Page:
South Africa: Why IMF Assistance to SA Is Not a Realistic Expectation in the Near Term

There is no debating that South Africa’s fiscal finances are in a dire state. But it is still too early for the ignominious calls for external debt relief from the IMF. Significant time has been wasted, trust eroded and economic damage caused in the past decade, but there remains a brief window of opportunity

The justifiable expansion in government spending that immediately followed the 2007/08 global financial crisis has been supplanted by a decade of loose fiscal policy and sub-par macroeconomic growth. Before accounting for the inevitable realisation of Eskom’s contingent liabilities to the fiscus, South Africa’s “lost decade” has resulted in the doubling of government debt – from 26% in the 2008/09 fiscal year to 57% (and counting) at present.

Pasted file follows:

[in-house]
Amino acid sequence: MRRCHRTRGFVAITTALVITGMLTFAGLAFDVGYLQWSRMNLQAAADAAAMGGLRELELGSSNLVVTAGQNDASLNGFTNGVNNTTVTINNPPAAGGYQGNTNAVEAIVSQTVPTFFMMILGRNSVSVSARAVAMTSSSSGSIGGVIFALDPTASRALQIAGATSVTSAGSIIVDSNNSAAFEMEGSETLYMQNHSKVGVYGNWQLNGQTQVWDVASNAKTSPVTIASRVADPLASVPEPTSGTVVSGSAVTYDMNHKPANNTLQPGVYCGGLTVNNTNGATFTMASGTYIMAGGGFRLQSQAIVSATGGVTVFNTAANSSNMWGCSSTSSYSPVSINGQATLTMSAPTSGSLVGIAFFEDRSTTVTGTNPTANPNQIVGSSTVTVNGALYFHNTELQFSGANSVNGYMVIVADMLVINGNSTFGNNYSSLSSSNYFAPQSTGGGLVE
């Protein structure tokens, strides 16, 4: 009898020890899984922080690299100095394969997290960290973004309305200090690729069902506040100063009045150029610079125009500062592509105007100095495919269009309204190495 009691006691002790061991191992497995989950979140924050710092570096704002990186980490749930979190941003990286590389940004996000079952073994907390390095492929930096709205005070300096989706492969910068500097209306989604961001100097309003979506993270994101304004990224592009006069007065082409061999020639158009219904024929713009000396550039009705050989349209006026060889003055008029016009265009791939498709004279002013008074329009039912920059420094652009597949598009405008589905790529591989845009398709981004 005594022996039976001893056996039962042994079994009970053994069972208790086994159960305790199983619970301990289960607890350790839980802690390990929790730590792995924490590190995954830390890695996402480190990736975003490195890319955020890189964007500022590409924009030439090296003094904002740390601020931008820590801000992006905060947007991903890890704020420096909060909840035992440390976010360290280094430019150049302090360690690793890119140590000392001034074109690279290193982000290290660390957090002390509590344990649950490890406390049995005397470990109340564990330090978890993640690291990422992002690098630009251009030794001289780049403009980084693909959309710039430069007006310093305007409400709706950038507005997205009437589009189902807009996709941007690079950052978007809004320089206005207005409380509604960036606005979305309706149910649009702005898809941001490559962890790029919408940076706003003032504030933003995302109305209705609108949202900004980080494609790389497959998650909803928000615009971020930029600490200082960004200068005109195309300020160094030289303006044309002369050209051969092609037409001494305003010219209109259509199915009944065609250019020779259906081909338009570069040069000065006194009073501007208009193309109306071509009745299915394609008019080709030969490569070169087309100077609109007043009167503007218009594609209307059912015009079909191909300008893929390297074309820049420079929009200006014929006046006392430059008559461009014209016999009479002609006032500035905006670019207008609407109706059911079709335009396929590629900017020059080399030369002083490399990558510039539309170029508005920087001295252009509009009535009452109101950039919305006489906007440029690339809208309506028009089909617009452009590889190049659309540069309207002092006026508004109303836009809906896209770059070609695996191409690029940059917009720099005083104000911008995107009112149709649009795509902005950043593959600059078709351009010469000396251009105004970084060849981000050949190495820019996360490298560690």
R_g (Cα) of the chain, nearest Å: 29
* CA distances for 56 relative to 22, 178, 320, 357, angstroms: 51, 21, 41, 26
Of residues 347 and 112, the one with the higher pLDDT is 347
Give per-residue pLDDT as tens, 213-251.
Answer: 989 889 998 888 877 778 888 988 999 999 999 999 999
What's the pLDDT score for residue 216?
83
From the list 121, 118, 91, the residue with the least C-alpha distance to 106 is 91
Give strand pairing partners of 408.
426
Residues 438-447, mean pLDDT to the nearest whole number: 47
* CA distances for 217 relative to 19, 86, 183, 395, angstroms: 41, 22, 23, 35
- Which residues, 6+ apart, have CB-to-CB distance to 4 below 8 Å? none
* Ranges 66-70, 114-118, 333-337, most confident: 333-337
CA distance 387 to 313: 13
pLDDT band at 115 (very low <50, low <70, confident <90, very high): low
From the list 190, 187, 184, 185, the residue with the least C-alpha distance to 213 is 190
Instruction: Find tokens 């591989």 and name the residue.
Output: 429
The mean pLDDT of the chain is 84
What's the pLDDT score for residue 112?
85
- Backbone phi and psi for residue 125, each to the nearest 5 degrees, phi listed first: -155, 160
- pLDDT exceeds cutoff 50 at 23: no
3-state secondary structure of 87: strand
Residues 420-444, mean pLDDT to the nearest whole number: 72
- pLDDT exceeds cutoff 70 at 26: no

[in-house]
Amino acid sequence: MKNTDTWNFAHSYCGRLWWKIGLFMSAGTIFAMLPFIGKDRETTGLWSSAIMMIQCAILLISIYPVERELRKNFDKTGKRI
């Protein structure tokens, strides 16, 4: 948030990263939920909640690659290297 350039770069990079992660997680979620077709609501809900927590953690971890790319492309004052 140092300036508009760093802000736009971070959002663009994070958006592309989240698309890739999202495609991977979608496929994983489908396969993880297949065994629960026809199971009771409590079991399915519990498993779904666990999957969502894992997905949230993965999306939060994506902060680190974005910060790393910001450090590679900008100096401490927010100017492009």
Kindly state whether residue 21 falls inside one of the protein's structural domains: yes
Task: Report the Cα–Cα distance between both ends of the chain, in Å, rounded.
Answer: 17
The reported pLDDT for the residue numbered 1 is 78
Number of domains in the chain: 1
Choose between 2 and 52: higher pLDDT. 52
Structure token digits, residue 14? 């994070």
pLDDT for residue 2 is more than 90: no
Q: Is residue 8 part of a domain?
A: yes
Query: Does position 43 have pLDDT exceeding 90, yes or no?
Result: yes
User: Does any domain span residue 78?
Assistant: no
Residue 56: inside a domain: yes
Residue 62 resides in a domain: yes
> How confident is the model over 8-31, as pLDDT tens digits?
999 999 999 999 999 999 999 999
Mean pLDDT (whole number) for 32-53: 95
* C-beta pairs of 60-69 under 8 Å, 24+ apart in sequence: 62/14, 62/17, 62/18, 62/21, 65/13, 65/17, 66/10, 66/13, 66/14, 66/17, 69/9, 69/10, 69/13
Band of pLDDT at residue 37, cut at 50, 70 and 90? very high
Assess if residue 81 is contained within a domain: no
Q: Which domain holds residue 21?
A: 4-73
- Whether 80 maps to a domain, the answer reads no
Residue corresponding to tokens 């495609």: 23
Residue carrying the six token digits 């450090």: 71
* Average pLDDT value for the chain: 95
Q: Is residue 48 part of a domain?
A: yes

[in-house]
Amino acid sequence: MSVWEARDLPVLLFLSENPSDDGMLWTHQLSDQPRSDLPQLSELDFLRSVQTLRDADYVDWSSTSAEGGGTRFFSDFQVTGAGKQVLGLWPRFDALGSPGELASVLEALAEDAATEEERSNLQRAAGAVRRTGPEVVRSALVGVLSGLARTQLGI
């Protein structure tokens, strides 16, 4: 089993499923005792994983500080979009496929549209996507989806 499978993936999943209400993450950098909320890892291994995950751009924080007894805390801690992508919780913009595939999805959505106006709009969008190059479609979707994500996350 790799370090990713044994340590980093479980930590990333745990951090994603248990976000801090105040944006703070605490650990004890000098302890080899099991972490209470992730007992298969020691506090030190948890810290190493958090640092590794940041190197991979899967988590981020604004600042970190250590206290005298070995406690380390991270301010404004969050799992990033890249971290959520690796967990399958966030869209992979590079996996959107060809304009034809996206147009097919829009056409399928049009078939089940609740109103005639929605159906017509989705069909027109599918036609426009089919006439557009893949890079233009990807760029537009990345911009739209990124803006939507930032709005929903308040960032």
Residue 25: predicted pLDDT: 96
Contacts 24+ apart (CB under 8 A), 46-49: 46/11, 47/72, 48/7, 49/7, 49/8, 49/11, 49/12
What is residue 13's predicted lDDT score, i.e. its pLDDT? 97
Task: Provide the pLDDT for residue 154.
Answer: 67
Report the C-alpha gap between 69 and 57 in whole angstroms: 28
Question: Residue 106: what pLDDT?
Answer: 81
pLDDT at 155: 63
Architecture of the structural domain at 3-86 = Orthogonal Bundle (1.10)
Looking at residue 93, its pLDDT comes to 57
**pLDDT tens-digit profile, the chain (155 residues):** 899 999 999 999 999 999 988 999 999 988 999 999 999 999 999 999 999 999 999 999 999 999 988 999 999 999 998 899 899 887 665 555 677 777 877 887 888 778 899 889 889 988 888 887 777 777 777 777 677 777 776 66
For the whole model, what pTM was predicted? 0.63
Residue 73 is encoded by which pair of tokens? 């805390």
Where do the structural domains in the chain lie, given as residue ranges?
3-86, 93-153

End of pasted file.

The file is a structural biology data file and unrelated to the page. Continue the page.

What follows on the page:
Against a backdrop of weak government finances, sickly economic growth and seemingly absent political will to effect growth-enhancing policy reform – there’s growing disquiet about the prospect of South Africa approaching the International Monetary Fund (IMF) for bailout financing.

Two key questions need to be answered to determine whether these fears are well-founded:

Does South Africa fail a debt sustainability assessment?

Is South Africa’s capital market access at imminent risk?

Firstly, central to determining South Africa’s debt sustainability over…

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